- Development & Aid
- Economy & Trade
- Human Rights
- Global Governance
- Civil Society
Thursday, December 8, 2016
- “I know that my male colleagues earn more than I do and work the same amount or even less. And my employers keep me in a non-managerial post, even though I do tasks at that level,” said Pamela, a Chilean professional who holds a doctorate in economics.
But the 39-year-old married mother of two admitted to IPS that she had not complained about the unfairness of the situation because she was afraid of losing her job if she did.
She said her work environment was sexist, even though nearly all of her colleagues had graduate degrees. “You tend to think that the more you study, the more you reason things out. Sometimes I can’t understand that my colleagues aren’t capable of competing with me as equals.”
“The most incredible thing is the arguments that my boss uses: he says I don’t play the role of breadwinner because I have a husband who also works, while my male colleagues have to support their whole family. It’s completely unacceptable,” she said.
Studies show that in Latin America, many women become the economic mainstay of their households at times of crisis.
CASEN, a national socioeconomic survey carried out by Chile’s Ministry of Social Development, found that one-third of the households surveyed were headed by a woman – a proportion that rose to 43 percent among poor families and to just under 48 percent among the extremely poor.
A study by Chile’s Dirección del Trabajo (labour office) states that “elimination of the gender-based income gap would reduce extreme poverty by eight percent and would increase per capita income by two percent.”
CASEN statistics indicate that women earned 20.1 percent less than men on average in 1990 and 15.8 percent less in 2009
But although the figures show that the situation is improving, the gap remains wide.
And among people who hold graduate degrees, the difference between the salaries of men and women is as high as 37 percent, according to the Dirección del Trabajo study.
One of the main arguments given for paying women less and hiring fewer women is that they play so many roles: they are responsible for raising the children and taking care of the home, while men are seen as providers and workers.
“The consequences of the discrimination that women face in the political, economic, labour and sexual spheres, etc, have a direct impact on the development of our nations,” former minister of women’s affairs Laura Albornoz told IPS.
Albornoz said “the lack of access or scarce participation of women in the labour market and the sexual division of labour fuel the general view shared by employers that women must play certain roles in terms of domestic responsibilities and caring for their families.”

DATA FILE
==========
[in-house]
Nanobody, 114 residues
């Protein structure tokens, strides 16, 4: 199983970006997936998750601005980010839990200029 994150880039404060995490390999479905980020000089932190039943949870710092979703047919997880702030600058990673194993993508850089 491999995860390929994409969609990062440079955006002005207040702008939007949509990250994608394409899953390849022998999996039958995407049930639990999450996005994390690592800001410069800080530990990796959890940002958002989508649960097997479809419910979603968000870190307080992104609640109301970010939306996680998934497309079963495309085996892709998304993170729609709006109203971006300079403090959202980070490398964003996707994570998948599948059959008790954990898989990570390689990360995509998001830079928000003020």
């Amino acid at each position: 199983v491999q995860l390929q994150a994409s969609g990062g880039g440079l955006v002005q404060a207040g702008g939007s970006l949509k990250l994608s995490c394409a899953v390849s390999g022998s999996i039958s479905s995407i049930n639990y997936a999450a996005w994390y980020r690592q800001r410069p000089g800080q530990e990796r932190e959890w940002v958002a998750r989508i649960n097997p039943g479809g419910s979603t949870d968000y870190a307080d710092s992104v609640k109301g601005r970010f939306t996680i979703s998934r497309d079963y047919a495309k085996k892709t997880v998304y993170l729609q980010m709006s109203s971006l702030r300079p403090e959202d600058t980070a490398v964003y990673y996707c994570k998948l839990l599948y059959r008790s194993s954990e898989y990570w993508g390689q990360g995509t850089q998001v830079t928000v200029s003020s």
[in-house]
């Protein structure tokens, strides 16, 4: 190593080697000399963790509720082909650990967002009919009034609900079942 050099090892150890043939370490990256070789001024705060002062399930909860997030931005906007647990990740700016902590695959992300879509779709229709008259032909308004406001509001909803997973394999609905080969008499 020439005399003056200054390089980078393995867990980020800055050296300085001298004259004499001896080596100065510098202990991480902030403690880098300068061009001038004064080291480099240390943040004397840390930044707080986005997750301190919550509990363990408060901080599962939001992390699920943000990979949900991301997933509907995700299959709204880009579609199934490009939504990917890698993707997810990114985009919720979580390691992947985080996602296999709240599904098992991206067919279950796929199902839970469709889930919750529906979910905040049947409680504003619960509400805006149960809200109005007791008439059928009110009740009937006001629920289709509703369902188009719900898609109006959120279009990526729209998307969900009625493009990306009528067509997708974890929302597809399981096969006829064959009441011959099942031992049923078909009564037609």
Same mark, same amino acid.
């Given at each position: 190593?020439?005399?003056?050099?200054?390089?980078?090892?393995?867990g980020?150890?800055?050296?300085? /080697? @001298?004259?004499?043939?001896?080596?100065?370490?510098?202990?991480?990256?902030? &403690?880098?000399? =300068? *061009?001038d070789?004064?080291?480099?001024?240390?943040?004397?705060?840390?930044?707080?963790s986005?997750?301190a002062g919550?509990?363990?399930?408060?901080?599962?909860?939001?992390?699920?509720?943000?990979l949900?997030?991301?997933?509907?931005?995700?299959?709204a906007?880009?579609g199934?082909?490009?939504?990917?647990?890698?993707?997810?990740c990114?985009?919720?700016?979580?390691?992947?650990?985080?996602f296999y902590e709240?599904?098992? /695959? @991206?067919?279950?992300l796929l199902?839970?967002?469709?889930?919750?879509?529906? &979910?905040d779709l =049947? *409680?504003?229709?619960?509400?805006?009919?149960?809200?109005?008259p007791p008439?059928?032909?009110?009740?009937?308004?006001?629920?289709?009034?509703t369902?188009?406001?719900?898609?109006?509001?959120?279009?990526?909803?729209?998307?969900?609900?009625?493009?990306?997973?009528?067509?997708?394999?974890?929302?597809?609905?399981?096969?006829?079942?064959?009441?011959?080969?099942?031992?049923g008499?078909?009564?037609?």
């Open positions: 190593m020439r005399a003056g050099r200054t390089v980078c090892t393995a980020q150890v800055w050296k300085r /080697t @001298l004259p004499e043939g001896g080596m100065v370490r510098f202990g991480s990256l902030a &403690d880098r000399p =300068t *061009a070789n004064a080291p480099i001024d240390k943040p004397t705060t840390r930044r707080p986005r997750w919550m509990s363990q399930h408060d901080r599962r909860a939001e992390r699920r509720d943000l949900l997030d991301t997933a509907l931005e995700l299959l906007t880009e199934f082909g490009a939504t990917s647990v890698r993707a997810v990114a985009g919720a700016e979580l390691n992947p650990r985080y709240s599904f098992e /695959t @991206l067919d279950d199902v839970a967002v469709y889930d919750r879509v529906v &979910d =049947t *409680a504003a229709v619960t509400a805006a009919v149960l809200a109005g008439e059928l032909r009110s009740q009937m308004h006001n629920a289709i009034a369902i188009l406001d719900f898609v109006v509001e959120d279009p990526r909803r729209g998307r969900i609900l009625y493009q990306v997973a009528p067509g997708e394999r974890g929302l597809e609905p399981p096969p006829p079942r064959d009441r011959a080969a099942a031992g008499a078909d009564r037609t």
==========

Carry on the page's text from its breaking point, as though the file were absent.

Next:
Remuneration is a key aspect of work, and a central dimension of labour relations.
The International Labour Organisation (ILO) says that paying women less is one of the most visible forms of discrimination, and that “the achievement of gender equality, including pay equity through application of the principle of equal pay for work of equal value, is fundamental to promoting decent work and social development and also essential to successful poverty-eradication strategies”.
Albornoz said it is “inadmissible” for someone to be paid less “simply because she is a woman and has to carry all the burdens that are culturally assigned to her, even though she has the same qualifications as a man, and performs the same work with the same level of efficiency and effectiveness.”
The ILO estimates the average global gender pay gap at 15.6 per cent. That means a woman must work one month and 22 days more per year to earn as much as her male counterparts.
A stride forward
A law on equal wages sponsored by the government of then socialist president Michelle Bachelet (2006-2010) was passed in 2009 to mitigate the effects of gender discrimination.
The legislation requires all companies with more than 10 employees to have regulations in place that enable female workers to seek redress if they feel their rights have been infringed.
If the company does not respond within 30 days, or the complainant is not satisfied with the response, she can turn to the justice system.
The law also states that men and women have the right to the same wages or salary for the same work, although it adds that it is not discriminatory to pay a male employee more if he proves to be more suitable, qualified or responsible than his female counterparts.
But this raises the question of how such qualities can be measured.
Moreover, not many companies or employees are familiar with the law.
The second Encuesta Voz de Mujer (Women’s Voice Survey), carried out by ComunidadMujer – a local non-profit women’s group – with funding from the Inter-American Development Bank and published on Jul. 26, found that only 50 percent of women wage-earners interviewed knew what their male colleagues in the same posts earned.
Andrea Betancor, director of studies in ComunidadMujer, told IPS that this information was essential for taking legal action.
She added that the law only obligates companies with more than 200 employees to provide job and salary descriptions, and said without that information “it is impossible to move forward with complaints.”
Nonetheless, Albornoz defended the legislation, because it launched debate on the issue and established the principle of equal wages in the Labour Code, in line with the ILO treaties to which Chile is a signatory.
“It was a good first step, even though it is still insufficient,” she said.